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Curr Opin Gastroenterol. 2009 Nov;25(6):512-20. doi: 10.1097/MOG.0b013e32833104f1.

Autophagy, immunity and human disease.

Author information

1
Center for Computational and Integrative Biology, USA.

Abstract

PURPOSE OF REVIEW:

To give an overview of autophagy and its effects on innate and adaptive immunity and touch on some of the roles of autophagy in disease.

RECENT FINDINGS:

Precise regulation of autophagy is necessary to maintain metabolic equilibrium, immune homeostasis, delineate cell fate and influence host cell responses to cytosolic pathogens. A growing number of studies have implicated that inactivation of autophagy-selective responses contributes to inflammatory disorders, neurodegeneration and cancer, but the precise steps at which disease-associated autophagy-related (ATG) genes affect autophagy pathways is unknown at present.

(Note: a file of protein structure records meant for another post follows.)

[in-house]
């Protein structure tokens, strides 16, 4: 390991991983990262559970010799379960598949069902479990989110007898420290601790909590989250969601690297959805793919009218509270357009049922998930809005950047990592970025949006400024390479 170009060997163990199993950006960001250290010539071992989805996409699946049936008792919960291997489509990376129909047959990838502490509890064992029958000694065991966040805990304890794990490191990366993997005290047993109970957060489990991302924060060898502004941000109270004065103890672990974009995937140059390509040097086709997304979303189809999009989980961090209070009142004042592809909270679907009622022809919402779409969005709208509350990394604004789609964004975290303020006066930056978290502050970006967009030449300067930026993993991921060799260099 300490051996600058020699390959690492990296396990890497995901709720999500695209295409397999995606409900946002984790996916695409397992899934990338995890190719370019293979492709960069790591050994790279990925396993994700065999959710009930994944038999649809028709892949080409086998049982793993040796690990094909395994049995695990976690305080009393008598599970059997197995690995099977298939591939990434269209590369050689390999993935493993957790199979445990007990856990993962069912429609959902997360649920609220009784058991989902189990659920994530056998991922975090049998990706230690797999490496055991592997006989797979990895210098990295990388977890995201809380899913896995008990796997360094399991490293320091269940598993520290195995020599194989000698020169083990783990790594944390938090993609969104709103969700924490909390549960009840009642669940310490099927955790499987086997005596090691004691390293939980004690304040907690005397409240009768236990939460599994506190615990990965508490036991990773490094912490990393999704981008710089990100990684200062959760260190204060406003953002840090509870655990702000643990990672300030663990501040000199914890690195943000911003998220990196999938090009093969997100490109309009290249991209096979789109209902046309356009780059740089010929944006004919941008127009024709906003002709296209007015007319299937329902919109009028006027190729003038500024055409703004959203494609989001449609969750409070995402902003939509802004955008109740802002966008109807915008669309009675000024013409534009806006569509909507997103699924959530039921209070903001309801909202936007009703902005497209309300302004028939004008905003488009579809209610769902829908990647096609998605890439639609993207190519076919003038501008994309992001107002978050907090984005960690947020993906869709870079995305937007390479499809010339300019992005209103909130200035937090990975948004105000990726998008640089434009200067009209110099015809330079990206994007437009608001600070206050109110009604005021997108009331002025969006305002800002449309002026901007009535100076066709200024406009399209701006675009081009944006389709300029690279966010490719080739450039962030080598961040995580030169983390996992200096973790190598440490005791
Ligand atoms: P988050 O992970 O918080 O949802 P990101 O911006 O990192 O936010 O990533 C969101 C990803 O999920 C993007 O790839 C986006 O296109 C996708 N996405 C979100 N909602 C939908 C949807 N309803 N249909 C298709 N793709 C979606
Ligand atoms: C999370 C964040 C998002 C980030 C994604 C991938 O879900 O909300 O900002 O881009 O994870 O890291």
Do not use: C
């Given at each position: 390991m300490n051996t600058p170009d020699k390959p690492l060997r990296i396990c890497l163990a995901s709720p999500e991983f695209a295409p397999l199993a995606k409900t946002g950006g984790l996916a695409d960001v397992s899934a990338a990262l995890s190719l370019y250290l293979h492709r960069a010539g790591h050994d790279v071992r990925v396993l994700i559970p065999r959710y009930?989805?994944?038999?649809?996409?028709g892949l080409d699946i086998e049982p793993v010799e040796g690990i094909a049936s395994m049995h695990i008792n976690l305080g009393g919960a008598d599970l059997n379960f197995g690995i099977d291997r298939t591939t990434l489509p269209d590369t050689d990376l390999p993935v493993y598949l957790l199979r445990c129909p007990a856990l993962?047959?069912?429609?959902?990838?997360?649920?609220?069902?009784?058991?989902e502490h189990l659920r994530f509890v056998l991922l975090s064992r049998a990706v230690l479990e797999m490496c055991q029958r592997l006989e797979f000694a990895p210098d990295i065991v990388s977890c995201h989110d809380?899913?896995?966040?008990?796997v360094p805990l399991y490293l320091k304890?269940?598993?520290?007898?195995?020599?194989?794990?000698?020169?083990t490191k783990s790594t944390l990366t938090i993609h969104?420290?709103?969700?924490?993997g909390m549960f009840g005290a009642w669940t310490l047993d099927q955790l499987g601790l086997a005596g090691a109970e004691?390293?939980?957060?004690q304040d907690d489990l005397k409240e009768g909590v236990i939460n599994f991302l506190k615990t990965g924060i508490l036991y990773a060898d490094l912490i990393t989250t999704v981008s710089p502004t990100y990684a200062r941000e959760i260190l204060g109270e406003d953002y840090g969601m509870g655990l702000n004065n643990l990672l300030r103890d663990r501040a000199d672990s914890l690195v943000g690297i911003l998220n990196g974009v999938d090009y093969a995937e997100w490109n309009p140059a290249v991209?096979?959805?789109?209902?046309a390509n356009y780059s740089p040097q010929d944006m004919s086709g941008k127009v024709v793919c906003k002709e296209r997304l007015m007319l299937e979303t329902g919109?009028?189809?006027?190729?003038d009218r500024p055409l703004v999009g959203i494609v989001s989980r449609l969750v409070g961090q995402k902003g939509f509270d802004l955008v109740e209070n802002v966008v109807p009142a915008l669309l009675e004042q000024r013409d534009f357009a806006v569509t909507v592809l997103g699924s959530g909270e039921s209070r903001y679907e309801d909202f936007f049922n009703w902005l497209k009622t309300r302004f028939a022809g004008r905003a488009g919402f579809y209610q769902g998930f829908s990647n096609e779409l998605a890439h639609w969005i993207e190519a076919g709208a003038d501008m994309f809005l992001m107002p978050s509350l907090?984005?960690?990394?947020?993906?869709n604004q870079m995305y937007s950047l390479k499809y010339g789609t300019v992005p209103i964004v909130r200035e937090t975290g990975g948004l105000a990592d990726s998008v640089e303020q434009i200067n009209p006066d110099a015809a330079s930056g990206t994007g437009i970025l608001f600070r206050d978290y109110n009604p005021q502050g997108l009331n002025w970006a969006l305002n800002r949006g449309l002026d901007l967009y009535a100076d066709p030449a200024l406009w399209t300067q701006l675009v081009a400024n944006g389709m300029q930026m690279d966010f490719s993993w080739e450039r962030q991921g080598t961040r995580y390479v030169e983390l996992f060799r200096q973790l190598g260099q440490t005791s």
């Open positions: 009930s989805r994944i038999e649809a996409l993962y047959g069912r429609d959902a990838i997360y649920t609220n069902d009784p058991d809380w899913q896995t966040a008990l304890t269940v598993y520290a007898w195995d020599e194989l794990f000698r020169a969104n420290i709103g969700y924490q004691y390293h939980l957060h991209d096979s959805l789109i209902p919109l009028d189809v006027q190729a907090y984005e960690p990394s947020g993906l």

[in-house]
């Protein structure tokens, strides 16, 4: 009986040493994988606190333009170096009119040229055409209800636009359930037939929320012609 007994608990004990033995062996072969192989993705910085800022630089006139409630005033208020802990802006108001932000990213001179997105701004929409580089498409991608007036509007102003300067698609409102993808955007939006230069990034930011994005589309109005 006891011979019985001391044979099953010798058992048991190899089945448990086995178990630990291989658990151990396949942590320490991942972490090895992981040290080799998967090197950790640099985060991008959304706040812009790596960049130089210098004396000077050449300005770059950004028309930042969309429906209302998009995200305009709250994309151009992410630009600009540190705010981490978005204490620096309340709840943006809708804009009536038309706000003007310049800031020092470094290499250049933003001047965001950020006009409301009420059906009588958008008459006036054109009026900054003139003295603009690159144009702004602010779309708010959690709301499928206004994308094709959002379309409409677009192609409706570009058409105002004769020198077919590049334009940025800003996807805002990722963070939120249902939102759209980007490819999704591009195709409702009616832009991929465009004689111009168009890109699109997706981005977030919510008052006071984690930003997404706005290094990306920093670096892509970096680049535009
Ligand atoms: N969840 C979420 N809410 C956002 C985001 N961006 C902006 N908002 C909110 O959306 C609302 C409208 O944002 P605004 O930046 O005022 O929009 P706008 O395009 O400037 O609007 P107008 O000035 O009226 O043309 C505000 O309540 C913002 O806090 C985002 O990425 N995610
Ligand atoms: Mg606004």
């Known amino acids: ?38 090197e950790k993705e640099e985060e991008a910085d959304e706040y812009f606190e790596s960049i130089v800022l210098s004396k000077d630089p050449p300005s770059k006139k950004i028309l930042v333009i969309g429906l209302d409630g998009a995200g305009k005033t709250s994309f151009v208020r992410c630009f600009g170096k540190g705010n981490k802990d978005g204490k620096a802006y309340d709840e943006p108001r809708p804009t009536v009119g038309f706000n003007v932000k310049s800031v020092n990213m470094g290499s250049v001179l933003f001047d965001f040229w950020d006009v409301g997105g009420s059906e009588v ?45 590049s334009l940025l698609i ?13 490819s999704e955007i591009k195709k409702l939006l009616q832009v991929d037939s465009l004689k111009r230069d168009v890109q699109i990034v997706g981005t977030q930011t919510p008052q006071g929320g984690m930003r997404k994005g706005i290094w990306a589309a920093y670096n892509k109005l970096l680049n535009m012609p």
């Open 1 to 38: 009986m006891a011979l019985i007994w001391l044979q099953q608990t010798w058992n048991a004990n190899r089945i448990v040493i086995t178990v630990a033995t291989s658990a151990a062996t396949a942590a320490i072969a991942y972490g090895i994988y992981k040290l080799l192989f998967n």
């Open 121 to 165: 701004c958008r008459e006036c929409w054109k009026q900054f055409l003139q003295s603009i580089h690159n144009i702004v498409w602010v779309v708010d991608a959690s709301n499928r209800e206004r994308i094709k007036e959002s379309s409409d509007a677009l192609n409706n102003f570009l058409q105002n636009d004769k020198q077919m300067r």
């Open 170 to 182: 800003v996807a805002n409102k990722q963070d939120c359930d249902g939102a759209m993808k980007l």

SUMMARY:

In eukaryotic cells autophagy is constitutively active at low levels, whereas significant up-regulation occurs in response to a multitude of stresses. Autophagy has achieved notoriety as a perturbed biological process in many disease states and an exponential increase of studies attribute roles for autophagy in innate and adaptive immunity. Understanding how individual disease-associated ATG genes function will lead to a better understanding of and potentially novel therapies for treating the diseases in which they are involved.

Comment in

PMID:
19826372
PMCID:
PMC2849745
DOI:
10.1097/MOG.0b013e32833104f1
[Indexed for MEDLINE]
Free PMC Article

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